I first encountered the statue of William Oxley Thompson many years ago when I visited the library bearing his name on the Ohio State University campus.

I first encountered the statue of William Oxley Thompson many years ago when I visited the library bearing his name on the Ohio State University campus.

Thompson is wearing an academic robe and gazes east across the Oval, in the center of the place he came to know so well. I still remember observing to a friend at the time that the statue was larger than life.

In many ways, so was the man it depicts.

When Thompson came to Ohio State in 1899, the campus was home to about 1,300 students on 330 acres. By the time he retired in 1925, the university was housed on 1,000 acres and each year was graduating more students than had been enrolled in the entire university in its early years. Much of that success and progress was due to Thompson's efforts.

The journey of Thompson to Columbus was a circuitous one. Some men take a while to find the place where they truly want to be. Thompson's journey not only was a long one but in some ways a tragic one as well.

He was born in 1855 near Cambridge, as the first of 10 children of David and Agnes Thompson. David Thompson had come to America with his family from Northern Ireland, and he had learned to become a shoemaker. The family moved from Cambridge to New Concord to Zanesville and finally to the rural village of Brownsville.

When he was 14, William began working as a farmhand. When he was 16, he began attending classes at nearby Muskingum College. To pay for his education, he worked on the farm, as a tutor and even as a college janitor.

While attending Muskingum College, he roomed for a while in the log-cabin home of a family named Harper. One member of the family, William Rainey Harper, would one day become president of the University of Chicago.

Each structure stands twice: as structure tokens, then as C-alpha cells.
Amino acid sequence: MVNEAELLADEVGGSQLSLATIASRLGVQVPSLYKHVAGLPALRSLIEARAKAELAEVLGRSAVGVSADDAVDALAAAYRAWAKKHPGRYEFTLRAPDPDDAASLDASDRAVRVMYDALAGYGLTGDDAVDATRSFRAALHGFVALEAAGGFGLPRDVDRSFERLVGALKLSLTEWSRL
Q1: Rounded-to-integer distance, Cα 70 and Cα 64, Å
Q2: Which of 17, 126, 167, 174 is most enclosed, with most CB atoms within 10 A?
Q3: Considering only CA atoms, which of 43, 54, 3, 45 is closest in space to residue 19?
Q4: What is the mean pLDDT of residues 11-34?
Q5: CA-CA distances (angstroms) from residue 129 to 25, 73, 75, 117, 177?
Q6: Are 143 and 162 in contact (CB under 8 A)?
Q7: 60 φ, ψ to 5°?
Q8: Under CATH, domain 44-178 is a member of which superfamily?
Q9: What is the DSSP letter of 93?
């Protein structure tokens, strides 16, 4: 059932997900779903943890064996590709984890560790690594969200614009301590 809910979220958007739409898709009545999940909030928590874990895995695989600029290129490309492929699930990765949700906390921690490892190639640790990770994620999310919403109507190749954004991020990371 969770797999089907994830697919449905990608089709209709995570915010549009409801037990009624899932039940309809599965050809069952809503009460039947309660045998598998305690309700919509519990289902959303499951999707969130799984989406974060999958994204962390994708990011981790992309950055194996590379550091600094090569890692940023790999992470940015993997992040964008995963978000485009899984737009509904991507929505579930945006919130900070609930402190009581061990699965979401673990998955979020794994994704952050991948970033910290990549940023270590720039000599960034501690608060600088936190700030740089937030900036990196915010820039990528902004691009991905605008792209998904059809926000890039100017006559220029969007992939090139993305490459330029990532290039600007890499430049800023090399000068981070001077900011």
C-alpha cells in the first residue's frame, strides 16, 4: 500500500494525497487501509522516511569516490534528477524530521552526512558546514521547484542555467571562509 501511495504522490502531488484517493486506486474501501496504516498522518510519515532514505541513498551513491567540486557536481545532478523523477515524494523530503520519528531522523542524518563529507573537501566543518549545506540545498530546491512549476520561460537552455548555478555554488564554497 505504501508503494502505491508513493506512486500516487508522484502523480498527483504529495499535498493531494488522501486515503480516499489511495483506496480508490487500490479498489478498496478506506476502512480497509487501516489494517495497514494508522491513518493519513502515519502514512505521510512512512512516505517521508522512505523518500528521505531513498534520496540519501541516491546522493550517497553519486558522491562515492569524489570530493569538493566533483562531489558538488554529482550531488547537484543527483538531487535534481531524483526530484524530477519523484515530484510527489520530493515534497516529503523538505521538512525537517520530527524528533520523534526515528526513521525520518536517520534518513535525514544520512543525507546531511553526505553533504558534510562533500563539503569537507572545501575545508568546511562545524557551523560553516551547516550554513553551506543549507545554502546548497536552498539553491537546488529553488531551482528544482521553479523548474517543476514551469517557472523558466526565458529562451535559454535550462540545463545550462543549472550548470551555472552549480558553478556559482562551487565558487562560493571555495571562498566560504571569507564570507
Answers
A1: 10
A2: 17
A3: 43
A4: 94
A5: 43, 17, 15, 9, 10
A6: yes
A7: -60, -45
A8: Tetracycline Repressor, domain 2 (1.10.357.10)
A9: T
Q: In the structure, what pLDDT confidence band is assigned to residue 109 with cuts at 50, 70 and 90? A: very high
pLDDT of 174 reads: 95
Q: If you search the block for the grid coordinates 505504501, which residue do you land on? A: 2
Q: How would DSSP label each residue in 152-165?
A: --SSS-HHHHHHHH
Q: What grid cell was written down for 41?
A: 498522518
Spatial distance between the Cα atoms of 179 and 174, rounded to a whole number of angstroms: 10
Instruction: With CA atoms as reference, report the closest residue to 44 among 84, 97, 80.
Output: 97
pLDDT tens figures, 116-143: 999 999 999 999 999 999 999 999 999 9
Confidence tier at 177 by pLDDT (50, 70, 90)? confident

Because he had to work as much as he studied, Thompson did not graduate from Muskingum College until 1878. By that time, he knew what he wanted to do next: He attended the Western Theological Seminary in Pennsylvania. He graduated in 1881 and was ordained as a Presbyterian minister.

In the following year, he married Rebecca Allison and the couple moved to Iowa, where he became a home missionary.

Rebecca Thompson contracted tuberculosis, and the family moved Colorado in the hope that mountain air would help. He became president of a small local college and pastor of a local church near Estes Park, Colorado.

The move did not help. Rebecca and her infant second daughter died in 1886.

Thompson remarried, but in less than four years, his second wife, Starr Brown Thompson, died after giving birth to their second son. In 1890, Thompson was a widower with three small children.

It was at this point that he came back to Ohio and found his true calling. He accepted the presidency of Miami University and married Estelle Godfrey Clark. Miami was a small college in those days with fewer than 200 students.

Thompson proved to be a skillful administrator and a successful recruiter of new students. One of his lasting accomplishments was helping to create an intercollegiate athletic program with nine other Ohio colleges.

In 1899, Thompson was elected the fifth president of Ohio State University. Over the next 25 years, he presided over the evolution of Ohio State from a small agricultural land grant college into one of America's great universities. Popular with students, staff and civic leaders, Thompson became involved with several local business enterprises while continuing to serve as a minister -- most notably with Indianola Presbyterian Church.

Over the years, Thompson developed a national reputation as an advocate of public education. During World War I, he served on a number of federal commissions and toured various parts of the country to support the war effort.

At the end of World War I, Thompson was 65. He offered to retire on the occasion of the 50th anniversary of OSU. The board persuaded him stay for a few more years.

After the completion of several construction projects, including Ohio Stadium, Thompson retired in 1925 at the age of 70.

In 1930, university fine arts professor Erwin Frey created the 11-foot statue of Thompson, which stands in front of the library that bears his name.

Thompson suffered a severe heart attack and died Dec. 9, 1933, at a Columbus hospital. He is buried in Green Lawn Cemetery.

Every town has a few people who are larger than life. William Oxley Thompson was one of those people.

Local historian and author Ed Lentz writes the As it were column for ThisWeek News.